‘The Falcon and the Winter Soldier’ Episode Four Recap: “The Whole World is Watching”

*Warning: This article contains spoilers for episode four of The Falcon and the Winter Soldier*

Ok–it’s potentially safe to say that, after four episodes, The Falcon and the Winter Soldier is miles better than WandaVision in terms of storytelling. Even though its structure is more paint-by-numbers, the longer runtime and a safer approach allow for better character development and a much more exciting story by consistently building upon what it initially started to set up, not just with its plot but with its central characters too. 

Case in point: The Flag-Smashers become miles more interesting this time around, as they are allowed time to develop their motivations in a great scene where Sam Wilson (Anthony Mackie) confronts Karli Morgenthau (Erin Kellyman) on her beliefs. Helmut Zemo (Daniel Brühl) thinks the Flag-Smashers are supremacists, akin to the Nazis, Ultron, and…The Avengers, but the group rejects the mere idea of supremacy. Morgenthau believes she is starting a revolution by freeing individuals who the government has oppressed once everyone came back from Thanos’s snap, and most ideas Sam agrees with. However, the way she is doing it, by murdering innocent people in cold blood without ever thinking about her revolutionary quest’s moral aspect, is the only thing that keeps Sam from joining the group. Kellyman is excellent in the scene, and so is Mackie, who shares his most heartfelt scene of the show thus far. The sequence gives greater insight to the Flag-Smashers than any other brief sequences the audience has spent with them thus far and better characterizes Karli Morgenthau’s motivations. 

Morgenthau isn’t afraid of killing people if it achieves her goals, scaring Sam and putting John Walker (Wyatt Russell) in a total state of panic. Since Walker’s introduction in episode two, we’ve been constantly teased that he was a cocky, self-absorbed individual who only took Captain America’s mantle for himself, without ever realizing what the symbol meant for humans around the world and Steve Rogers. In the episode’s culminating moment, the audience is finally treated to seeing John Walker in his true colors. After taking the super-soldier serum, he takes Cap’s shield and fills it with blood in an unhinged, psychotic fit of rage by killing a member of the Flag-Smashers, after seeing Karli murder Lemar Hoskins (Clé Bennett). Remember what Abraham Erskine (Stanley Tucci) said in Captain America: The First Avenger: the serum amplifies everything “inside”. Good becomes great; bad becomes worse. John Walker was already tormented, having survived the war in Afghanistan, and taking the super-serum has only amplified his erratic behavior. Show creator Malcolm Spellman and episode writer Derek Kolstad have crafted a fantastic character whose most significant moment will ultimately become his downfall from public perception.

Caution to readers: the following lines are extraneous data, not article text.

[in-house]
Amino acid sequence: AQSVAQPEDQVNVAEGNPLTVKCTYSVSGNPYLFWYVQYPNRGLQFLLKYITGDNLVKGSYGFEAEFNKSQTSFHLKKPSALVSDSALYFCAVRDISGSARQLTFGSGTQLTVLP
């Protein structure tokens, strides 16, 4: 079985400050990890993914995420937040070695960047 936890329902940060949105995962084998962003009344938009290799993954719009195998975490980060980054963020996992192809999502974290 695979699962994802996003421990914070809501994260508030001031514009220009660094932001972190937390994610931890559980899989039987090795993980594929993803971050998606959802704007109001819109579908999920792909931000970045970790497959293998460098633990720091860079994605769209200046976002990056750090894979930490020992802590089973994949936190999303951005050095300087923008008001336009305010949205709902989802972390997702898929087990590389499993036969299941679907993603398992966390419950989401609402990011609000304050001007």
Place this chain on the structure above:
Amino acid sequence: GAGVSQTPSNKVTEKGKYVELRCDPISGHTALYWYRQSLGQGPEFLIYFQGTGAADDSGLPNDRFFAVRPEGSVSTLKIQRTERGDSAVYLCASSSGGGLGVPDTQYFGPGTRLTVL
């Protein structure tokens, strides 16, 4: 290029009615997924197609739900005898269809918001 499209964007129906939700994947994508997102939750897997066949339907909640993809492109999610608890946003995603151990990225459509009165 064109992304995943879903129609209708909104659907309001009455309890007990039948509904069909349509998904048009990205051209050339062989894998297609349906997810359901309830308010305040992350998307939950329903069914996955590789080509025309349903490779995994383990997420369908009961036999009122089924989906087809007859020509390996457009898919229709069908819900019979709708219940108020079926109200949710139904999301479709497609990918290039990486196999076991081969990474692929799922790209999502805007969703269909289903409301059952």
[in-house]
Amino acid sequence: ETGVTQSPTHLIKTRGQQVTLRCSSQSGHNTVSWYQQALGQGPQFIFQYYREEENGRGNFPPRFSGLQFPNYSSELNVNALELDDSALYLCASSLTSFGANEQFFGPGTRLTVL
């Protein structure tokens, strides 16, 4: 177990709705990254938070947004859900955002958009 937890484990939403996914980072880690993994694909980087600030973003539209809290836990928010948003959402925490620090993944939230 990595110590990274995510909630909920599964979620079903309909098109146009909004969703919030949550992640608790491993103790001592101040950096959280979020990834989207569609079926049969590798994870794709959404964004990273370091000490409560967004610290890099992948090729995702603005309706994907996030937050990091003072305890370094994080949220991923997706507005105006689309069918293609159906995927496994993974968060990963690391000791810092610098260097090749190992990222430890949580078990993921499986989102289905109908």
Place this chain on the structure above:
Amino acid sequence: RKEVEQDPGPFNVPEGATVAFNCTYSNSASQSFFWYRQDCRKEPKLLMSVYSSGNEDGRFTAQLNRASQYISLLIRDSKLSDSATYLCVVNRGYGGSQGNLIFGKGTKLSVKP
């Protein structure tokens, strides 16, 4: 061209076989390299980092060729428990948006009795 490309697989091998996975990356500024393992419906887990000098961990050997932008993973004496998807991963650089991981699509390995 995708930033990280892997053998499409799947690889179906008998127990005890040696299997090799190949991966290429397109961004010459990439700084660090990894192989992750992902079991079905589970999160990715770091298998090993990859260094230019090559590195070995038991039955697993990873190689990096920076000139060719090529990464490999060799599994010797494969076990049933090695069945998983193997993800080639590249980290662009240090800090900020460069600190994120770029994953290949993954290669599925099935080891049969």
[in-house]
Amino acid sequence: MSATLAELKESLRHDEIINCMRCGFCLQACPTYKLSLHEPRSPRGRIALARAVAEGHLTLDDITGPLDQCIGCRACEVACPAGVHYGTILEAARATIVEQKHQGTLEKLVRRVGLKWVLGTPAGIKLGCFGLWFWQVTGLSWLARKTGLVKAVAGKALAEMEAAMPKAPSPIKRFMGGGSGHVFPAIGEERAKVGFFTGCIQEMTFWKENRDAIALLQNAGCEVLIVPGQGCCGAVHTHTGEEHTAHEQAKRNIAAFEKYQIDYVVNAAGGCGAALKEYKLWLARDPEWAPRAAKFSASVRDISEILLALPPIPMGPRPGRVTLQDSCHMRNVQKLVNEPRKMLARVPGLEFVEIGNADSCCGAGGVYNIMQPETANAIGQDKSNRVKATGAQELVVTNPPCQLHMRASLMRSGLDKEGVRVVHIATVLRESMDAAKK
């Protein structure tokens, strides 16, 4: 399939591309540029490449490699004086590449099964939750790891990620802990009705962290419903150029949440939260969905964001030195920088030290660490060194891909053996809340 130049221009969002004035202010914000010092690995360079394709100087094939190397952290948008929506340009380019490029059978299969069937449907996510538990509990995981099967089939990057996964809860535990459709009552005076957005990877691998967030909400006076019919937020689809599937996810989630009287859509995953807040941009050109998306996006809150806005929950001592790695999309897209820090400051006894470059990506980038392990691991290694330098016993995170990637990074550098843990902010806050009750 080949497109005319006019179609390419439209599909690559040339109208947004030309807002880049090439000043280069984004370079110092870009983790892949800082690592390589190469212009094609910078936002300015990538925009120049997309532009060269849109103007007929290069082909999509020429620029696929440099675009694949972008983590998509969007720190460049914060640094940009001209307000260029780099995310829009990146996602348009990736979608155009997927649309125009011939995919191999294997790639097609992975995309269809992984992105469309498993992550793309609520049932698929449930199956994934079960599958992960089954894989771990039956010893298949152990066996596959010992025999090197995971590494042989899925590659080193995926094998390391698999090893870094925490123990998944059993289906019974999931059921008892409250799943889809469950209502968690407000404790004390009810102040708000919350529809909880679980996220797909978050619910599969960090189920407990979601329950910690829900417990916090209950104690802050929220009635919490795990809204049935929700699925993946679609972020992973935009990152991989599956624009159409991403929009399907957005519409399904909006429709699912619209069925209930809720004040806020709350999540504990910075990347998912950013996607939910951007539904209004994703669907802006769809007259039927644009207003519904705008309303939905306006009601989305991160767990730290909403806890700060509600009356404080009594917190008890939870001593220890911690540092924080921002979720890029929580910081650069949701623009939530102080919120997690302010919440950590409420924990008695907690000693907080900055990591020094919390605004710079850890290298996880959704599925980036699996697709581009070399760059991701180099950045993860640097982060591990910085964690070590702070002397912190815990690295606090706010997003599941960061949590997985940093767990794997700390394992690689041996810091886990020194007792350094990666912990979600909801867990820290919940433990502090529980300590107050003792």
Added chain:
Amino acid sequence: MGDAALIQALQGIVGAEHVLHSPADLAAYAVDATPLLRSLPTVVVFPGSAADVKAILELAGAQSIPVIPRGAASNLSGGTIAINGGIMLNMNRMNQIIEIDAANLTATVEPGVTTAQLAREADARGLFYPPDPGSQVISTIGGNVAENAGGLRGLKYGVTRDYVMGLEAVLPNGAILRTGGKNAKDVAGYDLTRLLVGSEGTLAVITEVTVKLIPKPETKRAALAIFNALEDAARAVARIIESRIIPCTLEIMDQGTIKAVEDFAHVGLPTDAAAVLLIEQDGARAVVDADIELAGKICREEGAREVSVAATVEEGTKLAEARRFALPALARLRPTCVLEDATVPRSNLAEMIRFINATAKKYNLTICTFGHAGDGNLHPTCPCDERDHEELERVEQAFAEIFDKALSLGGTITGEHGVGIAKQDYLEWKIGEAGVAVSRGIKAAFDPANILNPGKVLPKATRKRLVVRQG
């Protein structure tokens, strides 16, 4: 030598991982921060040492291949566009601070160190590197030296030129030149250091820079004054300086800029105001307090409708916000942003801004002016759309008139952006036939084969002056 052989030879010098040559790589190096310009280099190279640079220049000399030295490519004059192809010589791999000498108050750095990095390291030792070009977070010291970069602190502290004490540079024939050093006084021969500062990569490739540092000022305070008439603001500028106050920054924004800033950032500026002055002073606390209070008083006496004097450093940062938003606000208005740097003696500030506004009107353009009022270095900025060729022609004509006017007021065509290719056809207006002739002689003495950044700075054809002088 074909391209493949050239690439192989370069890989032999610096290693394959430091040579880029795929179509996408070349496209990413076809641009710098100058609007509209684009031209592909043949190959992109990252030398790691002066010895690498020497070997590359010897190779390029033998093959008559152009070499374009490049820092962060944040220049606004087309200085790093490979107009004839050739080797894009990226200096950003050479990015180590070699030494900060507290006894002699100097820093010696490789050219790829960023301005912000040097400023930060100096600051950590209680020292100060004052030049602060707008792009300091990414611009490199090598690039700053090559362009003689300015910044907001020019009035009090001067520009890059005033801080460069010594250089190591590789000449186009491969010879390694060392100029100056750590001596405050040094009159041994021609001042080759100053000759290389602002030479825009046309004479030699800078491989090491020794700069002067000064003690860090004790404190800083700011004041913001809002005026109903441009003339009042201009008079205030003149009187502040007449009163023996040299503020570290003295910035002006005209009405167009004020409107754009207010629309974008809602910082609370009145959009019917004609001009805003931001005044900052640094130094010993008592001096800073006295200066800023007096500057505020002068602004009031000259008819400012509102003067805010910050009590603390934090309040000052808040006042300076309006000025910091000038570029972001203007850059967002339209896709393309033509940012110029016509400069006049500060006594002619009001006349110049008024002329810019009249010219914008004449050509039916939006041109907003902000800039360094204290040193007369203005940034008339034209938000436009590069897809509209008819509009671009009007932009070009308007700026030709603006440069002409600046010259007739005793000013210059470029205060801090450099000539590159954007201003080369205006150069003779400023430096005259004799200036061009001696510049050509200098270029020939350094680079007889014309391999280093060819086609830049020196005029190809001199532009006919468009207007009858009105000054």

In the two episodes that preceded this week, he constantly spat on Steve’s shield without knowing–always impulsively thinking he’s doing the right thing, instead of embracing the symbol and the personality of Cap. This is also why he’s such a compelling character–and brilliantly performed too by the great Wyatt Russell, who most likely gives the best performance of his entire career. Most likely, since the show’s not done yet–but he is, by far, the best character of the whole series. 

The episode also explores Bucky (Sebastian Stan)’s time in Wakanda–freeing himself from the command that made HYDRA control him as The Winter Soldier. Ayo (Florence Kasumba)’s appearance in this episode comes in the form of a fight scene with another member of the Dora Milaje and Walker/Hoskins, who both want Zemo in their possession. While they fight in an excitingly kinetic action scene, Zemo escapes, leaving his fate to be likely revealed in next week’s episode. The apparition of Wakanda in this series makes lots of sense since Zemo murdered King T’Chaka (John Kani) and Bucky spent a year there but also ties it into the wider MCU, without ever feeling forced. 

There are lots to love in this week’s episode of The Falcon and Winter Soldier, as it pays off many character arcs that were set up in previous episodes and gives us more anticipation for the series’ last two episodes, which are gearing up for a fantastic finale. The final picture will become much clearer in next week’s episode, already being teased by Spellman as the most emotional of the show, featuring an apparently “big” cameo. Who could it be? Who knows. It’s much better to not speculate and/or theorize and enjoy the show for what it is: a fantastic character drama with exciting action sequences and spectacular acting performances. 


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Written by Maxance Vincent

Maxance Vincent is a freelance film and TV critic, and a recent graduate of a BFA in Film Studies at the Université de Montréal. He is currently finishing a specialization in Video Game Studies, focusing on the psychological effects regarding the critical discourse on violent video games.

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